What to consider with stop-loss orders
Here are some things to keep in mind:
Stop-loss orders should be placed proactively: They could lose more money in the long term if placed willy-nilly without proper risk management.
These orders cost fees on exchanges: Make sure you’re not paying more by using this service on your platform.
Stop-loss may need to be changed regularly to keep up with market trends: It is not always a static order. Keep checking in with your positions.
What is a take-profit order (T/P)?
A take-profit order is similar to a stop-loss order as they’re both automatically triggered by the exchange. However, they serve different purposes. A take-profit order specifies the price at which an open position is closed for profit. If the price doesn’t reach the profit-taking threshold, the order remains pending.
Take-profit orders are often used in conjunction with stop-loss orders and are usually placed at the same time as them—during the opening of the position.
Example of take-profit order
If a trader opens a buy position at $100 and expects the coin to go to $117 in the next few days, he could set a take-profit order at $110 and a stop-loss order at $95. This way, while his profit is limited to $10, his loss is limited to $5 only.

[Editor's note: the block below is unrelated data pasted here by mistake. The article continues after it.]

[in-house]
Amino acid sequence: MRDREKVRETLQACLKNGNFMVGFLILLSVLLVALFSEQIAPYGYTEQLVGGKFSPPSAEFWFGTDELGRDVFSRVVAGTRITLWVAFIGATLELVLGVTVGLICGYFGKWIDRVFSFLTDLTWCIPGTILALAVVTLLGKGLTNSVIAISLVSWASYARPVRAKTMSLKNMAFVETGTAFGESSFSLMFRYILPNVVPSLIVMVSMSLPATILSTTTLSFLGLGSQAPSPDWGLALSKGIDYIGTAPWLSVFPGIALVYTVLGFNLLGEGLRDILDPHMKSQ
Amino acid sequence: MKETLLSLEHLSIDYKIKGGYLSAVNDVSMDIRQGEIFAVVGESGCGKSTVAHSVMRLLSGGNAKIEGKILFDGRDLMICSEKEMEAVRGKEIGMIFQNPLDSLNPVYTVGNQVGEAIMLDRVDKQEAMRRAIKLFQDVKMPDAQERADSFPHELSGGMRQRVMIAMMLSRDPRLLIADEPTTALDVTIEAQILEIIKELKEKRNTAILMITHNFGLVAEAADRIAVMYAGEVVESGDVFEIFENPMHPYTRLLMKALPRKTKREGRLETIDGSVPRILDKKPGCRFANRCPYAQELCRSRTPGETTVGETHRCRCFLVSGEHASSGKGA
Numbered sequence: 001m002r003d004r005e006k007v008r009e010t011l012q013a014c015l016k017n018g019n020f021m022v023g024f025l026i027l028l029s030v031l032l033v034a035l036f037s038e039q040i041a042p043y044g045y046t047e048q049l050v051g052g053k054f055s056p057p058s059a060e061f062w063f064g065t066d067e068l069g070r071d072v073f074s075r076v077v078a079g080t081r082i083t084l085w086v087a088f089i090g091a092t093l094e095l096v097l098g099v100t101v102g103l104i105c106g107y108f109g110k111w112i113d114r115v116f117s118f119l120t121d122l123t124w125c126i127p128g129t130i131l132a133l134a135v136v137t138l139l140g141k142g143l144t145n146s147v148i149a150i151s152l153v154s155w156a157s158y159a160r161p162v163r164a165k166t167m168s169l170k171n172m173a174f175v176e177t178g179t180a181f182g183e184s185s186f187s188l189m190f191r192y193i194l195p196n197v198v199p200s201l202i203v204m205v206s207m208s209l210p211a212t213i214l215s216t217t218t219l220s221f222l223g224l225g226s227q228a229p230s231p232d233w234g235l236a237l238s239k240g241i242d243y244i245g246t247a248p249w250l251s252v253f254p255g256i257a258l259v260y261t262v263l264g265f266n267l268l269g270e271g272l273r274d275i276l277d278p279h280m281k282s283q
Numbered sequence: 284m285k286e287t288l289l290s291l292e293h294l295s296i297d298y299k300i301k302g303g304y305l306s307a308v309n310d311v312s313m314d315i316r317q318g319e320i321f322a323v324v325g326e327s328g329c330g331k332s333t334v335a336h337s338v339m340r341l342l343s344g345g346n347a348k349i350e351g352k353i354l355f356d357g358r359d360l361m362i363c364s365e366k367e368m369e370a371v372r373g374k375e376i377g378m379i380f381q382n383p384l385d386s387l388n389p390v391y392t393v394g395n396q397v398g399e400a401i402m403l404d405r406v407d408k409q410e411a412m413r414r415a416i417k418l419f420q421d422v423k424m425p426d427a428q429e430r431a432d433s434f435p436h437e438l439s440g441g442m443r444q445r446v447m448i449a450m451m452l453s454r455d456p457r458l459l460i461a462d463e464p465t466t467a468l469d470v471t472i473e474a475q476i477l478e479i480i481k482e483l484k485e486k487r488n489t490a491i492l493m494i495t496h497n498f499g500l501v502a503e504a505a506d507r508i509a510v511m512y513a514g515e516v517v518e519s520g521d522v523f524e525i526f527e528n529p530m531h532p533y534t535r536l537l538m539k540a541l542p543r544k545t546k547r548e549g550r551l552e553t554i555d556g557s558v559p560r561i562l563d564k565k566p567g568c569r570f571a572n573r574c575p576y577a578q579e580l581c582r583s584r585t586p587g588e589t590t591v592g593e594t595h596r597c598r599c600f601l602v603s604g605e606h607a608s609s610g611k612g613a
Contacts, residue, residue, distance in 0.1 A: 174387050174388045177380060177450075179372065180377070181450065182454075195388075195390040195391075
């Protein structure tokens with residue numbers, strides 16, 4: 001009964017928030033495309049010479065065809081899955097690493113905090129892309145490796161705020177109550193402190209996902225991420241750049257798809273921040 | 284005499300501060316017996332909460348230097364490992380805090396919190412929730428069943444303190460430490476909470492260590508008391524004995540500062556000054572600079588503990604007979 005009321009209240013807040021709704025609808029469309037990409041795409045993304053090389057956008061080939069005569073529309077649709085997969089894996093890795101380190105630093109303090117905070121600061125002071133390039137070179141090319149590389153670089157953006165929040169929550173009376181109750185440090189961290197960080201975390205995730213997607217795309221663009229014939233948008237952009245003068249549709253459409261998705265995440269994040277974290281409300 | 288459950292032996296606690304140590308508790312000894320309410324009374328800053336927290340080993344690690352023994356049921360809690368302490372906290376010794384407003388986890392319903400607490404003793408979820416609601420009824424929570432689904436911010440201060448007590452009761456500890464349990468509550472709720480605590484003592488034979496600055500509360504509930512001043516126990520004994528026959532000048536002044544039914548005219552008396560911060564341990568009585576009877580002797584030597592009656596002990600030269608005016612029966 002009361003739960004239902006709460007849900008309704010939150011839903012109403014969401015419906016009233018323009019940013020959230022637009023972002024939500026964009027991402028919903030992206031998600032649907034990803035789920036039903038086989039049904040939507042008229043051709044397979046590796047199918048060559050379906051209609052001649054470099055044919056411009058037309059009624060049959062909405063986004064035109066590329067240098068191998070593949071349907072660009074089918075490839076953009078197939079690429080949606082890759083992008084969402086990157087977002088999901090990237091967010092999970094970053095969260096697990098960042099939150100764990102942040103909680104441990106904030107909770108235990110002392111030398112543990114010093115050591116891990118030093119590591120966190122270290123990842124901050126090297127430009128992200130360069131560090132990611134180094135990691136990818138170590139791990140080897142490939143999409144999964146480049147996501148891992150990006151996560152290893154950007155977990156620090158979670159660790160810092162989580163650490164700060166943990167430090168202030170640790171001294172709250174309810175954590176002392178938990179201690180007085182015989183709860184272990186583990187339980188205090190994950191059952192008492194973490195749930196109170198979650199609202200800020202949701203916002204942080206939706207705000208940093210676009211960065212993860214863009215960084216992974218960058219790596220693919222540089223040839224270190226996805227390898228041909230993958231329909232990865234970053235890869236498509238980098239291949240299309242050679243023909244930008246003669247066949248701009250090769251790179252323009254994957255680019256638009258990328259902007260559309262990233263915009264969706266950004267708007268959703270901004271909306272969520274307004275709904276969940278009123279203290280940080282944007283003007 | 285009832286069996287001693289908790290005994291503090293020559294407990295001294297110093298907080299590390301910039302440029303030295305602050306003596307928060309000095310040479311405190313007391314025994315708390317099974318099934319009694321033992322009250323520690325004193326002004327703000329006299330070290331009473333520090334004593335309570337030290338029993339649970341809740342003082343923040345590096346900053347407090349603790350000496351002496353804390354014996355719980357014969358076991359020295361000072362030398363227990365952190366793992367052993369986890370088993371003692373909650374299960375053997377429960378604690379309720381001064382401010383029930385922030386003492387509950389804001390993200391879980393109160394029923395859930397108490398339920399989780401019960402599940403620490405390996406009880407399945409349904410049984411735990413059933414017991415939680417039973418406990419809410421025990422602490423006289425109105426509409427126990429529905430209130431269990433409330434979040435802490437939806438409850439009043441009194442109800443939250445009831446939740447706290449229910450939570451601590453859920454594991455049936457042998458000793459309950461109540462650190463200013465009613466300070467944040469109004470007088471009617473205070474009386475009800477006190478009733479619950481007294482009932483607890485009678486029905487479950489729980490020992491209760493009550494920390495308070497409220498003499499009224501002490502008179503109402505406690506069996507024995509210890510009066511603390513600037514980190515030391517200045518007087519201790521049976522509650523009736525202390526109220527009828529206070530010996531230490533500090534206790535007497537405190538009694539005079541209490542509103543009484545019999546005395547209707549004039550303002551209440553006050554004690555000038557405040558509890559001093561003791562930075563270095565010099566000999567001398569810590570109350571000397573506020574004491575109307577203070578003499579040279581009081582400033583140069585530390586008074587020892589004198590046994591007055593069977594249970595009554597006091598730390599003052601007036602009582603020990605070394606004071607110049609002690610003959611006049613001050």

Of course, these levels will differ depending on how much risk you can afford.
What are the advantages of stop loss/take profit?
Here are some advantages of these orders:
They help define your risk ratio: You know exactly where you need to exit in loss-making or profit-making circumstances.
The orders don’t usually need constant monitoring: While it is a good idea to keep track of your positions, stop-loss and take-profit orders minimize impromptu decisions during market dips or rallies.
They limit exposure to violent movements: When you have your tolerance range defined, violent movements aren’t as intimidating – which is saying a lot about crypto.
What types of orders can use stop loss and take profit?
Investors generally use a sell-stop order to add stop-loss to their positions. However, this can also be done using limit orders. The key difference to remember is that while limit orders will only execute when prices are at the specified number or below, stop loss can execute at a price point significantly below the specified price.